One of my many failings is my useless sense of direction. SATNAV and Google Maps are a godsend for a numpty like me.
Blatant excuse to show this..........
I was lucky though to have grown up in a time when there were not the tools to do it for you. The AA Route planner and real maps became my friends.
And I got very used to being lost. Got used to not panicking, leaving enough time in the first place and getting there.
Which means when the tools let you down (and they frequently do) you actually want me in the car with you.
When it comes to the tools for our job, media agencies tend to be amazed how loads of creative agencies you will have heard of don’t have some of the basic planning tools.
I don’t mean the sexy stuff like TGI Worldpanel, NVision or the latest YouGov Profiles doo dah (you can get a watered down version of Profiles here).
Stuff like basic TGI, Mintel, Touchpoints or access to WARC.
Now these tools are bloody useful of course, but they have problems.
TGI is based on claimed behavior and as has been said ad nauseum, people rarely say what they do.
Touchpoints is more diarised of course, and real time reporting means you get a decent idea of what people do. But no clue about how they feel about it, or why they do what they do.
Mintel is really someone else’s opinion on market share and TGI. And don’t believe their observed trends – it usually means it has been observed twice.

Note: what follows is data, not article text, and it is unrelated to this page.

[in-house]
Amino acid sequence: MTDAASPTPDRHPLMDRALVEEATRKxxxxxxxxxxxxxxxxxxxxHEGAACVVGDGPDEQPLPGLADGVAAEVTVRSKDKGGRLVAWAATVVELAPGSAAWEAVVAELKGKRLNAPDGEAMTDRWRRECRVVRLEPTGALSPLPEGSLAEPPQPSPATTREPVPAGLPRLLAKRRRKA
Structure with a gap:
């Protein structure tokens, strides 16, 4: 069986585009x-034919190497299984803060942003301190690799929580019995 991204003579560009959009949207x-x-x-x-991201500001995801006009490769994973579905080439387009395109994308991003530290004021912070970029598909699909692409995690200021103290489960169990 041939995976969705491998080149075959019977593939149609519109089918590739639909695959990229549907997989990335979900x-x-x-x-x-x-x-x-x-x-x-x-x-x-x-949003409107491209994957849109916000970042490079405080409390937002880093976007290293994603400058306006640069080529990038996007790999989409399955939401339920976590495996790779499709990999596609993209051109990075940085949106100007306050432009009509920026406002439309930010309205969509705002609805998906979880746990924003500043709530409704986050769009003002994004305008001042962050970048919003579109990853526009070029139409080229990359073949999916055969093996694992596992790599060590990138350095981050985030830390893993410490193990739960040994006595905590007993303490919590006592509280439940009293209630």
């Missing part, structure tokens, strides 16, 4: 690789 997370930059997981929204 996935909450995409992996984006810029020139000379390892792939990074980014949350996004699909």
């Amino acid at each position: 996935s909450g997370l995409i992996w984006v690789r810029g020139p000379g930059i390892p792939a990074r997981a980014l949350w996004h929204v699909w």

WARC case studies are really helpful for all sorts of industry stuff, case studies and awards papers are great for inspiration but every single one is a representation of a perfect world, where everything works like clockwork, where there has been an ‘invented crisis’ and some earth shattering insight to overcome it. When of course, every agency process is a variation of chaos, post rationalization and gut feel.
The tools are great for the ‘sell’ – case studies and data that justifies the thinking are great.
But the problems with tools is they’re too easy.
They keep you at your desk, settling for easy answers that at best tell you ‘what’ rather than ‘why’.
They allow you to have an opinion and then justify it.
Rather than finding a fresh perspective.
They allow you to have a point of view on your target customer without ever having met them.
They are Trojan Horses of the obvious.
Now, of course, creative folks without the tools can be VERY guilty of assertion without making any effort to prove it.
And some quotes from Trendwatching or NVision loosely linked to your ‘insight’ don’t count.
But the good organizations are great at having an informed opinion by constantly going out and meeting their customers, reading what they read and doing what they do.
I think a great example was when AMV wanted to prove that Sainsbury’s customers sleep shopped, so they filmed a Gorilla roaming about instore, being mostly ignored by customers and showed it to the client.
Deep insight you won’t get from TGI.
Aligned with the fact that most bought cookbooks are left unread you have a lovely tension between the pressure of habit and routine and the pressure to be a ‘foodie’ you get ‘Try something new today’.
By all means use the tools, but only as a starting point and by way of the final ‘sell’.
Please do the desk research, all the crumbly stuff out there on the web.
By you can’t beat leaving your desk and actually being your audience.
Because the problem with relying on Satnav, and planning tools, is that you don’t know you’re lost.